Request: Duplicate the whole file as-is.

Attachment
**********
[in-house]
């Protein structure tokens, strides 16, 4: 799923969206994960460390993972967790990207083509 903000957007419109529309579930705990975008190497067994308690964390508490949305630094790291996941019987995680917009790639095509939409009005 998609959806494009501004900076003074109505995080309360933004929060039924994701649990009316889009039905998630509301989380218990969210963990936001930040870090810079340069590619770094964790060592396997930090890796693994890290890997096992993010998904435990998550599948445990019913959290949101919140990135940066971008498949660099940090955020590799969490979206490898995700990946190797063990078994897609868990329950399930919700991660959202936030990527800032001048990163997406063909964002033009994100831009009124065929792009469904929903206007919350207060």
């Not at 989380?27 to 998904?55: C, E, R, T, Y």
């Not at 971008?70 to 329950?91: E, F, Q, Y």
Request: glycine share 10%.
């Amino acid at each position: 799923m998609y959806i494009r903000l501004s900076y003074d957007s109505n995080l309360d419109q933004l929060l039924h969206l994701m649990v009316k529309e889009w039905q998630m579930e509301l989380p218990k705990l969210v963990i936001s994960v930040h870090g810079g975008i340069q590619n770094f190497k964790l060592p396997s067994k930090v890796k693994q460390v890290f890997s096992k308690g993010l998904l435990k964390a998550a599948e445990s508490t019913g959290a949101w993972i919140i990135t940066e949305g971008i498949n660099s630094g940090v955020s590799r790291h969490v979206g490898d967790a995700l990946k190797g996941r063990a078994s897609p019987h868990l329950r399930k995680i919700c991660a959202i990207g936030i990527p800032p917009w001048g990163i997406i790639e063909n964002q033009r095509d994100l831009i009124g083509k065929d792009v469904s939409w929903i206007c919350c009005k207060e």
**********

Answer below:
[in-house]
């Protein structure tokens, strides 16, 4: 799923969206994960460390993972967790990207083509 903000957007419109529309579930705990975008190497067994308690964390508490949305630094790291996941019987995680917009790639095509939409009005 998609959806494009501004900076003074109505995080309360933004929060039924994701649990009316889009039905998630509301989380218990969210963990936001930040870090810079340069590619770094964790060592396997930090890796693994890290890997096992993010998904435990998550599948445990019913959290949101919140990135940066971008498949660099940090955020590799969490979206490898995700990946190797063990078994897609868990329950399930919700991660959202936030990527800032001048990163997406063909964002033009994100831009009124065929792009469904929903206007919350207060």
């Not at 989380?27 to 998904?55: C, E, R, T, Y």
């Not at 971008?70 to 329950?91: E, F, Q, Y």
Request: glycine share 10%.
């Amino acid at each position: 799923m998609y959806i494009r903000l501004s900076y003074d957007s109505n995080l309360d419109q933004l929060l039924h969206l994701m649990v009316k529309e889009w039905q998630m579930e509301l989380p218990k705990l969210v963990i936001s994960v930040h870090g810079g975008i340069q590619n770094f190497k964790l060592p396997s067994k930090v890796k693994q460390v890290f890997s096992k308690g993010l998904l435990k964390a998550a599948e445990s508490t019913g959290a949101w993972i919140i990135t940066e949305g971008i498949n660099s630094g940090v955020s590799r790291h969490v979206g490898d967790a995700l990946k190797g996941r063990a078994s897609p019987h868990l329950r399930k995680i919700c991660a959202i990207g936030i990527p800032p917009w001048g990163i997406i790639e063909n964002q033009r095509d994100l831009i009124g083509k065929d792009v469904s939409w929903i206007c919350c009005k207060e």